A Calculator for Planning Retirement Income: Doing the Math

The best calculator for planning retirement and determining your savings and income needs is a retirement budget spreadsheet to be filled in with your own unique list of categories. A simple retirement spreadsheet like this drills down to your specific needs and gives you a more targeted view of what your total savings should be.

Using a spreadsheet, you create categories for your specific spending habits and expenses. From there you can create additional columns for brainstorming various scenarios such as reducing spending in certain areas and increasing others.

For example, at the start of your retirement, you may be finishing up a car loan or small mortgage.

After that you will have spare cash to spend on hobbies or travel.

After you have planned your budget and added some buffer, you will see what you need for income to cover the expenses and spending budget.

Using that number as a guide you can use other tools to figure out how much money you should have to support it.

To be conservative you can simply do the math to see how much cash you need per year and estimate how many years you need it.

personal budget example spreadsheet

Free Budget Spreadsheet!

Click the image to the right to download a free budget spreadsheet.(A new window will open so you can easily return to this page.)

Look for the "Personal Budget Spreadsheet" link. There may be other useful spreadsheets you can use on this site, too.

How to use the spreadsheet calculator for planning retirement

Enter all your spending categories and fill in your specific spending habits. When you first begin you won't remember everything, so you'll be going back several to many times to tweak it, adding new information and fine-tuning others.

You can find more information on using the spreadsheet on the .

At some point you will have something fairly consistent to work with, and you can start focusing on the total budget numbers.

So if your total expenses are around $3000 per month, the annual amount will be $36,000. For 20 years that will cost $720,000.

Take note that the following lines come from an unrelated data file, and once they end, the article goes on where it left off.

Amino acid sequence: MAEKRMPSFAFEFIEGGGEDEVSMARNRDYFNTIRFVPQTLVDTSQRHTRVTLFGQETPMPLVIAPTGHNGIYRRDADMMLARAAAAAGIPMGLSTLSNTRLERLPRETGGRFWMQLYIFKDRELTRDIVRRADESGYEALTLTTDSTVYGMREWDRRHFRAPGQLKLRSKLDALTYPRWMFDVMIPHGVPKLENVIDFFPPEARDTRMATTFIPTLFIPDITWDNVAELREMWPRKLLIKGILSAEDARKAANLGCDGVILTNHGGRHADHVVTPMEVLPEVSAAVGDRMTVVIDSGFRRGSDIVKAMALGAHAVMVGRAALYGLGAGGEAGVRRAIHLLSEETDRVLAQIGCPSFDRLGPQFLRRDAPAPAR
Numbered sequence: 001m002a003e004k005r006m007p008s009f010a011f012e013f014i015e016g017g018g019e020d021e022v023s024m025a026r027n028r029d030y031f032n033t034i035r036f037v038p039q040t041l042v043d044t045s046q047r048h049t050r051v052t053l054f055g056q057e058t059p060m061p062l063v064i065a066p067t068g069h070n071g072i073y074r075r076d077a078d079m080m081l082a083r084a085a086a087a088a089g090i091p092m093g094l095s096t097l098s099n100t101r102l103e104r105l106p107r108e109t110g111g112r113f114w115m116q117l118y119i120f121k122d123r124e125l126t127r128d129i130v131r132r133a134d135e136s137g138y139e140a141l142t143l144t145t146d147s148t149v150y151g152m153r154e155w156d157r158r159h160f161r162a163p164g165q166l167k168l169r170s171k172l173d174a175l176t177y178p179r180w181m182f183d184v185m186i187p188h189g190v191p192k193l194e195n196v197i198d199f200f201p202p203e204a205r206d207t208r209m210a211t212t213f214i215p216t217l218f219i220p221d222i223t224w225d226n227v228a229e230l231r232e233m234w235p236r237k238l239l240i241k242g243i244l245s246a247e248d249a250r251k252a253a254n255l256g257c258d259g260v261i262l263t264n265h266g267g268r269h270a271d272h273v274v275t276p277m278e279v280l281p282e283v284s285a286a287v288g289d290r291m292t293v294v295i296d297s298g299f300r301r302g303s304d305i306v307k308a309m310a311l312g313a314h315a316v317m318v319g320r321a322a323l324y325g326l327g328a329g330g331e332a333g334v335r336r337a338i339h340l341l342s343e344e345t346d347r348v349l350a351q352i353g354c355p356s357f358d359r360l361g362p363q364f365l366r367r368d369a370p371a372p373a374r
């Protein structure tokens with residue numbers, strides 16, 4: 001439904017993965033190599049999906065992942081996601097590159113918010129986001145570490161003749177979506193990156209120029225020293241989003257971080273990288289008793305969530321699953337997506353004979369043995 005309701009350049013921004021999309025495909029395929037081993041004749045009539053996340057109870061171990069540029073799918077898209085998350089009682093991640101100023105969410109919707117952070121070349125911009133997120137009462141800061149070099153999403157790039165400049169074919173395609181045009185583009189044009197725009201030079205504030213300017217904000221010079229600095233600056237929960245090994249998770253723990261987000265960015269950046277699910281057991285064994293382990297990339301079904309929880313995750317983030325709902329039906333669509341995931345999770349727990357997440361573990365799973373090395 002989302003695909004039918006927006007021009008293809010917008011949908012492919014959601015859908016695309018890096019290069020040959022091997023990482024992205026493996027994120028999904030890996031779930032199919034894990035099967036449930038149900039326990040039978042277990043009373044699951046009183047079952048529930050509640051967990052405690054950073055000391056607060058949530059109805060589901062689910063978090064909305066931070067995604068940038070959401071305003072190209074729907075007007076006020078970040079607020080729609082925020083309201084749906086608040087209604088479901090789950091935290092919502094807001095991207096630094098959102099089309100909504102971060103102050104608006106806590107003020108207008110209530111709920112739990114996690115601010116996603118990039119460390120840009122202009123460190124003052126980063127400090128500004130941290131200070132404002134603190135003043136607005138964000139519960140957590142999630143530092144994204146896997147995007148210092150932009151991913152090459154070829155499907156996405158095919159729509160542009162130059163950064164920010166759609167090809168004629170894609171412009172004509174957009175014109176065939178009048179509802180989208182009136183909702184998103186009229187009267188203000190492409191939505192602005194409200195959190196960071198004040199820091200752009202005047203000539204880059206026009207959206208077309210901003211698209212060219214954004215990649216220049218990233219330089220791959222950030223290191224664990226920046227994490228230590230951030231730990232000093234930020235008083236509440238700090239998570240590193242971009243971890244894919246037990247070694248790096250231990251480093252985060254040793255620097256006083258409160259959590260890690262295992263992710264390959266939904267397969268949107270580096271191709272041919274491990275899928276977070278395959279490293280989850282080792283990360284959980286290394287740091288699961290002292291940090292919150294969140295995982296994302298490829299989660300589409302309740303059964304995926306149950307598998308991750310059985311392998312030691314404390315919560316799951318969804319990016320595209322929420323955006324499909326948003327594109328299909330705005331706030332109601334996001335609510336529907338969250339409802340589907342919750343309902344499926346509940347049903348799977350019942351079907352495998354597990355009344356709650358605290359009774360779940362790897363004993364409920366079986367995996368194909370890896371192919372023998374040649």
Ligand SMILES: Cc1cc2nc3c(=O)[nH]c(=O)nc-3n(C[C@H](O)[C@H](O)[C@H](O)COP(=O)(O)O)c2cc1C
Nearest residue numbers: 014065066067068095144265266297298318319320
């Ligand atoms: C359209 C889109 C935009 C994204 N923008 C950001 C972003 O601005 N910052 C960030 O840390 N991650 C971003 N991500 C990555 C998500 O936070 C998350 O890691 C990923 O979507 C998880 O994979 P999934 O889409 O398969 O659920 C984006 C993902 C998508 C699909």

Since we haven’t considered gains from investments, the actual cash value needed at the beginning of your retirement could be less. And we haven’t factored in Social Security, either.

Other numbers to consider include your life expectancy from the age you plan to retire, the number of years you want to provide for before Social Security starts, and so on.

You may want to consult actuarial tables that are commonly used in the insurance industry to determine typical life expectancy for your age.

According to the 2007 table at ssa.gov website, a 55 year old female has a life expectancy of 28 years. These are the same tables typically used for estimating annuity benefits.

Source for table below: ssa.gov

actuarial table

Using that 55 year old female who plans to retire early as an example, there will be 11 years without Social Security at $3000 per month, or $36,000 per year, for a total of around $400,000.

Then there will be 17 years where Social Security contributes $408,000 and the amount of savings needed to cover the gap is only $204,000.

For this scenario, the savings needed for 28 years at $3000 per month is $600,000. This is without the gains typically expected from investments. Which means this money could sit in a savings account and safely support her income needs for the 28 years.

But it would not provide for unforeseen problems like an extended illness requiring skilled nursing care, for example.

Invested, this amount of savings could continue to grow and provide more than just living expenses. How much it would provide depends on investment returns.

With typical investment returns in a well diversified portfolio, the investment returns could provide a significant portion of the income needed. That would leave more money in the account to generate more income for later, and it would be there to cover those unforeseen problems.

So this could be a reasonable savings target that could be tested against other financial tools.

Consider Your Risk Tolerance

A conservative approach, such as an annuity could provide modest returns. A more aggressive approach such as stocks and bonds could provide significantly more. It depends on your tolerance for the ups and downs of the stock market. Factor in slightly more risk, and the income could be higher.

So risk tolerance and investment preferences needs to be factored into the full picture to determine whether your calculated number will be good for you.

A retirement income calculator that tells you how much income to expect based on a savings rate and a rate of return over time is really just a math exercise. How reliable is that rate of return you plug into it? Not reliable unless you use fixed investments, like a pension or annuity.

Obviously, the example above is not going to fit everyone.

The Social Security amount depends on the individual’s work history.

The budget amount depends on lifestyle, whether there is pre-existing debt, etc.

This is why each person or couple needs to do this exercise for their particular circumstance.

Some people may need to save a chunk of money to start their dream business or buy their dream home, on top of their living expenses.

Others may have extra income that provides additional money on top of living expenses so they will be able to indulge their families, travel extravagantly, or just have plenty of extra cash on hand for splurging whenever they want.

Be sure to use the spreadsheet calculator for planning retirement income now and then to validate your plans.